gentamicin

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Related to Gentamicins: vancomycin

gentamicin

 [jen″tah-mi´sin]
an aminoglycosideantibiotic complex elaborated by bacteria of the genus Micromonospora, effective against many gram-negative bacteria, especially Pseudomonas species, as well as certain gram-positive bacteria, especially Staphylococcus aureus; used as the sulfate salt.

gen·ta·mi·cin

(jen'tă-mī'sin), Avoid the misspelling gentamycin.
A broad spectrum antibiotic of the aminoglycoside class, obtained from Micromonospora purpurea and M. echinospora, which inhibits the growth of both gram-positive and gram-negative bacteria; the sulfate salt is used medicinally.

gentamicin

(jĕn′tə-mī′sĭn)
n.
A broad-spectrum antibiotic derived from an actinomycete of the genus Micromonospora, used in its sulfate form to treat various infections.

gentamicin

Garamycin® Infectious disease A broad-spectrum aminoglycoside antibiotic obtained from Micromonospora purpurea Adverse effects Ototoxicity, nephrotoxicity Therapeutic range Peak 5-10 mg/L; trough < 2 mg/L Toxic range Peak > 10 mg/L; trough > 2 mg/L. See Aminoglycosides.

gen·ta·mi·cin

(jen'tă-mī'sin) Avoid the misspelling gentamycin.
A broad spectrum antibiotic of the aminoglycoside class, which inhibits growth of both gram-positive and gram-negative bacteria; sulfate salt is also used medicinally.

gentamicin

An aminoglycoside antibiotic used mainly for the treatment of serious GRAM NEGATIVE infections. Otherwise, gentamicin is used topically for external infections, such as those of the eye or ear. In large dosage it can cause TINNITUS, deafness and kidney damage. Recently, gentamycin has been shown to be capable of bypassing a STOP MUTATION and has been shown to be helpful in controlling CYSTIC FIBROSIS and other genetic disorders caused by stop mutations. The drug is on the WHO official list. Brand names are Cidomycin, Garamycin, Genticin and Minims gentamicin. See also PTC124.

antibiotic 

1. Pertaining to the ability to destroy or inhibit other living organisms.
2. A substance derived from a mould or bacterium, or produced synthetically, that destroys (bactericidal) or inhibits the growth (bacteriostatic) of other microorganisms and is thus used to treat infections. Some substances have a narrow spectrum of activity whereas others act against a wide range of both gram-positive and gram-negative organisms (broad-spectrum antibiotics). Antibiotics can be classified into several groups according to their mode of action on or within bacteria: (1) Drugs inhibiting bacterial cell wall synthesis, such as bacitracin, vancomycin and the β-lactams based agents (e.g. penicillin, cephalosporins (e.g. ceftazidime, ceftriaxone, cefuroxime). (2) Drugs affecting the bacterial cytoplasmic membrane, such as polymyxin B sulfate and gramicidin. (3) Drugs inhibiting bacterial protein synthesis, such as aminoglycosides (e.g. amikacin sulfate, framycetin sulfate, gentamicin, neomycin sulfate and tobramycin), tetracyclines, macrolides (e.g. erythromycin and azithromycin) and chloramphenicol. (4) Drugs inhibiting the intermediate metabolism of bacteria, such as sulfonamides (e.g. sulfacetamide sodium) and trimethoprim. (5) Drugs inhibiting bacterial DNA synthesis, such as nalixidic acid and fluoroquinolones (e.g. ciprofloxacin, levofloxacin, moxifloxacin, norfloxacin and ofloxacin). (6) Other antibiotics such as fusidic acid, the diamidines, such as propamidine isethionate and dibrompropamidine. Syn. antibacterial. See antiinflammatory drug; fusidic acid.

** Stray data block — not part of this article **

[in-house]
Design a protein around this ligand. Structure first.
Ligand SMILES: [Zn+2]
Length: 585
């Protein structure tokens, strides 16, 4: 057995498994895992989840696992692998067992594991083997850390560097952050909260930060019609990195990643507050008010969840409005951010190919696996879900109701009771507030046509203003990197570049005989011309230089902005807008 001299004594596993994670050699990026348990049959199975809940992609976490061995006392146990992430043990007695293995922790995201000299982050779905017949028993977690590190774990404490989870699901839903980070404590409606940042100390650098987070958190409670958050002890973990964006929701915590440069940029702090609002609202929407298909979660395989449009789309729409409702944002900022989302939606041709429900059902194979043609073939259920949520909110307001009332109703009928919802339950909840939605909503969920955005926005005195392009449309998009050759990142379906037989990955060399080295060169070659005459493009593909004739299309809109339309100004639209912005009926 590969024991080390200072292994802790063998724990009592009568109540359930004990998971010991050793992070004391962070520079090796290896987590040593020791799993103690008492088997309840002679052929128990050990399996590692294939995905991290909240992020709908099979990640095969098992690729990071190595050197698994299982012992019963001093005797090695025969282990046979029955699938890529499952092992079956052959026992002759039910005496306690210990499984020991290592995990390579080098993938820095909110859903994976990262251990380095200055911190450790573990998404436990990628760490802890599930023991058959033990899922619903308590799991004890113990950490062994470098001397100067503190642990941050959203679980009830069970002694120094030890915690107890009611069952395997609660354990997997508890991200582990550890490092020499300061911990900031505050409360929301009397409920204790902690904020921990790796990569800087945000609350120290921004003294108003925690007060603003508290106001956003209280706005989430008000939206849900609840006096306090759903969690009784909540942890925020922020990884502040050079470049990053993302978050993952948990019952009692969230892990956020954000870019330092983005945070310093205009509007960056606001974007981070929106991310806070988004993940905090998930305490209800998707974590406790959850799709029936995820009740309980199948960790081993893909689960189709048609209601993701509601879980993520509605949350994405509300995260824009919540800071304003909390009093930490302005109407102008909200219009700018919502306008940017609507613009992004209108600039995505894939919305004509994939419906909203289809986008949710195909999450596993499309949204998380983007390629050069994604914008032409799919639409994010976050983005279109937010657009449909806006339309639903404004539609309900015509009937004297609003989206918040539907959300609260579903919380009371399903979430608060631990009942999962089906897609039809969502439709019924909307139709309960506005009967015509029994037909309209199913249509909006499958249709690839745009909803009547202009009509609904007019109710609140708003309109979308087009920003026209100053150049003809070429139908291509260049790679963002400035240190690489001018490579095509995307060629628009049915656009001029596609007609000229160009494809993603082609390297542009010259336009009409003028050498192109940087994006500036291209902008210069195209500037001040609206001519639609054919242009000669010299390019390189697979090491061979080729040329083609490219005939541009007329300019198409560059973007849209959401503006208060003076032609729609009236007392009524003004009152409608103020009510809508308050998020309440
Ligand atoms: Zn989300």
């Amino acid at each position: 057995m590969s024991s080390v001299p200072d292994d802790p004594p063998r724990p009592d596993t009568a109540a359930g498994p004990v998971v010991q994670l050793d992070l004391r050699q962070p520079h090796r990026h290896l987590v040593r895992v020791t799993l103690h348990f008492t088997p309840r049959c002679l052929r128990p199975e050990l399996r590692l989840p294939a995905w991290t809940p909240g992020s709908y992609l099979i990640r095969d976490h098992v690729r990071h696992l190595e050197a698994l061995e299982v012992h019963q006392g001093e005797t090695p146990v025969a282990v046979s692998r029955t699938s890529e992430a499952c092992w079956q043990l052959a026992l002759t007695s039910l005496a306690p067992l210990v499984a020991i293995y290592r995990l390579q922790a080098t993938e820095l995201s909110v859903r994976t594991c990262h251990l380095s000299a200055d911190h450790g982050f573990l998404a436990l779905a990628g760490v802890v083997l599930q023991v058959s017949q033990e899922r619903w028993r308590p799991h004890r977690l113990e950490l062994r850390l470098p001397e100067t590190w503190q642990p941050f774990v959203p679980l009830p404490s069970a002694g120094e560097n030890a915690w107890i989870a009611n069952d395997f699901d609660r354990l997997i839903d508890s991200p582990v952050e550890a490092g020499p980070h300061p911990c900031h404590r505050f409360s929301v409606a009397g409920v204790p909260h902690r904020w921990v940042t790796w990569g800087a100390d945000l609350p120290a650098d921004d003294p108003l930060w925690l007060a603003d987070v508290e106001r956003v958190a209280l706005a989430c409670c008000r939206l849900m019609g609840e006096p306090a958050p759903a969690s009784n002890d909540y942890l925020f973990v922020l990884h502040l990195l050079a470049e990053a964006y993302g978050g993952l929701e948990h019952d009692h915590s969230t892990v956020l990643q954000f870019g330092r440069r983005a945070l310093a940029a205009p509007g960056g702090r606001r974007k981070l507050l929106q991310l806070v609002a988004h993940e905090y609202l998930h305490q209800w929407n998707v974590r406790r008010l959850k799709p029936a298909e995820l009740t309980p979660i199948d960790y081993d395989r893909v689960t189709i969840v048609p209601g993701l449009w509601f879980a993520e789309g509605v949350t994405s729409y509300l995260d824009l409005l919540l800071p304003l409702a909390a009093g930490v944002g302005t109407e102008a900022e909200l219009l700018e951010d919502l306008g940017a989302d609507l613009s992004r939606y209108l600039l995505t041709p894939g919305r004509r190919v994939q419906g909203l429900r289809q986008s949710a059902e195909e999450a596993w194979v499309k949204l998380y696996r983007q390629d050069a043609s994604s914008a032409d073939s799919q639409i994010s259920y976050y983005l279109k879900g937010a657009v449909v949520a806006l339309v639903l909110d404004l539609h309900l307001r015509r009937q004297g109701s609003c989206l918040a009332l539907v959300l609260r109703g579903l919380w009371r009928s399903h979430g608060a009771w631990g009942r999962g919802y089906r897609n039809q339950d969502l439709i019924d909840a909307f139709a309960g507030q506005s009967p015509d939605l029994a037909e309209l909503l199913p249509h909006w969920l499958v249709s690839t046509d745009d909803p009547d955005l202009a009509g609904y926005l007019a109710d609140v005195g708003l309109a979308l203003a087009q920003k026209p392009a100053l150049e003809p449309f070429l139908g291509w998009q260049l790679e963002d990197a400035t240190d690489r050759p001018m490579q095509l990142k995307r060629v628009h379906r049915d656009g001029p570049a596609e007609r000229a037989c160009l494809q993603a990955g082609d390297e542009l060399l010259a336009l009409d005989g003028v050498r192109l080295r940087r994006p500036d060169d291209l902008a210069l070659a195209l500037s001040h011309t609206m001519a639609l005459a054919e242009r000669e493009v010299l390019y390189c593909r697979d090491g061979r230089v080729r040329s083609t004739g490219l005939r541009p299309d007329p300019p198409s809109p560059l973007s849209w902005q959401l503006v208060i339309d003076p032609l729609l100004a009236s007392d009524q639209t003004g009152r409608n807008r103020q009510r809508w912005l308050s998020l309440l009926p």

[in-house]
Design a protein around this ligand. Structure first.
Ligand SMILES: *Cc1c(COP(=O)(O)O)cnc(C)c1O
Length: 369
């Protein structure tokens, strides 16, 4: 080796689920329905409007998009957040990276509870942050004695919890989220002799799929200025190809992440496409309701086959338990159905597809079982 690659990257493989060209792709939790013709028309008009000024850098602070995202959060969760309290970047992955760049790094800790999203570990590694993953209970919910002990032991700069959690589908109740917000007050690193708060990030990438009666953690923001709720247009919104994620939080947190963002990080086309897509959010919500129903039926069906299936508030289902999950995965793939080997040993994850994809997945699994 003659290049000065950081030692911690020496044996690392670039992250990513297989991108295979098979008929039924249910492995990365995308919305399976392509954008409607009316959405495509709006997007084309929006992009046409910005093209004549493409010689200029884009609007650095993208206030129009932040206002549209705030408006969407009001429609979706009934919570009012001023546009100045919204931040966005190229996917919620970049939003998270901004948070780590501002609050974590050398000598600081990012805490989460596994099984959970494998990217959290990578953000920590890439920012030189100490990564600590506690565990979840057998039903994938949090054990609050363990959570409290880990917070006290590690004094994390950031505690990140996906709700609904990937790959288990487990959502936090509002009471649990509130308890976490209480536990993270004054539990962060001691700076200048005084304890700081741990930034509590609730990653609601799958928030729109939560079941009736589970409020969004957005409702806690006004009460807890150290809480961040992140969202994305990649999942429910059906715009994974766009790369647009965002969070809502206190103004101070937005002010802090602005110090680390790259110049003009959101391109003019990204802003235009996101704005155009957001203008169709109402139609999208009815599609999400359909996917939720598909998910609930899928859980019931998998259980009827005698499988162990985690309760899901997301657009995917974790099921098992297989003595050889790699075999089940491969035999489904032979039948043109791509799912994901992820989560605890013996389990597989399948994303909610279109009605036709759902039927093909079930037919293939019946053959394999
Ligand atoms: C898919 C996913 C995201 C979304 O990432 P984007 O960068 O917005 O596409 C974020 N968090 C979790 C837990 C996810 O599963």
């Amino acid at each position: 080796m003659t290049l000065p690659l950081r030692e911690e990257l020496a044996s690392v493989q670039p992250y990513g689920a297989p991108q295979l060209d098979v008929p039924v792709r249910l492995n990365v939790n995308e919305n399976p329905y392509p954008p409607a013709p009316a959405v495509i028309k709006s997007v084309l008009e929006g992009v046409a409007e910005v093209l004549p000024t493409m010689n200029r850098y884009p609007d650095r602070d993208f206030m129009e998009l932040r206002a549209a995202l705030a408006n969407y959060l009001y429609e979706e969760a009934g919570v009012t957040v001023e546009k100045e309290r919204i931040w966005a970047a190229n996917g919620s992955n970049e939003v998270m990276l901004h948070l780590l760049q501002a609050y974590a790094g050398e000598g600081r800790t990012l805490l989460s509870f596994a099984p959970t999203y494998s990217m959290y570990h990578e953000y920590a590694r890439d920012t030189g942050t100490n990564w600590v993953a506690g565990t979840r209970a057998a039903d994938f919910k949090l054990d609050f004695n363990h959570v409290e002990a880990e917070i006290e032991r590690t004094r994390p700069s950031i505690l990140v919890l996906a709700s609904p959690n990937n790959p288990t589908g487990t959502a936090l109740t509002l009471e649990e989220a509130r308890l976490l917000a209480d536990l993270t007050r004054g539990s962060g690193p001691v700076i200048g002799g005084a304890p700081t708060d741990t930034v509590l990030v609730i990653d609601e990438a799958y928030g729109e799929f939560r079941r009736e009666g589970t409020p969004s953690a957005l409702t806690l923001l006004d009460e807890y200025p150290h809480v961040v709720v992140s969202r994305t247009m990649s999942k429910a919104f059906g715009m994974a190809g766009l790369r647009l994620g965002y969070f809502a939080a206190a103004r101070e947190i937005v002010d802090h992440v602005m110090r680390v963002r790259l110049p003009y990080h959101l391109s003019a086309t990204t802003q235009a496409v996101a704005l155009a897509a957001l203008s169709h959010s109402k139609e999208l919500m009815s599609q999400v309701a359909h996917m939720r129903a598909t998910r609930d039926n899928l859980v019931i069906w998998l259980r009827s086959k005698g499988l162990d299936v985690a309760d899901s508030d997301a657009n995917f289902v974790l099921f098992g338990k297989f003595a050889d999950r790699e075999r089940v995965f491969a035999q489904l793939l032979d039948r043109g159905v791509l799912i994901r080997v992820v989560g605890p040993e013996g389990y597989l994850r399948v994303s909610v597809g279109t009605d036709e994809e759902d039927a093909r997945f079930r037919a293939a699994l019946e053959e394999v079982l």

gen·ta·mi·cin

(jen'tă-mī'sin)
Broad spectrum aminoglycoside antibiotic that inhibits growth of both gram-positive and gram-negative bacteria.
References in periodicals archive ?
Gentamicin does not possess a chromophore in its structure and must be derivatized to enable ultraviolet detection.
Our results show that FDNB-derivatized gentamicin components produce different detector responses.
The chemical differences between the gentamicin components are very small, and sufficient separation of the components is difficult to achieve.
It must be emphasized that the gentamicin content in commercial calibration materials is given as the antimicrobial potency of an unknown mixture of at least three components.
The appropriateness of the present method was assessed in a study performed to determine the pharmacokinetics of the gentamicin components in dogs.
The present method can be used to evaluate the accuracy of commonly used nonchromatographic gentamicin assays and to determine the component ratio in unknown samples.
Once versus thrice daily gentamicin in patients with serious infections.
Nephrotoxicity of the constituents of the gentamicin complex.
Gentamicin and gentamicin [C.sub.1] in the treatment of complicated urinary tract infections: comparative study of efficacy tolerance and pharmacokinetics.
Management of intractable Meniere's disease after intratympanic injection of gentamicin. Laryngoscope 2014; 125: 972-8.
Intratympanic gentamicin injection for the treatment of Meniere's disase.
Gentamicin perfusion vestibular response and hearing loss.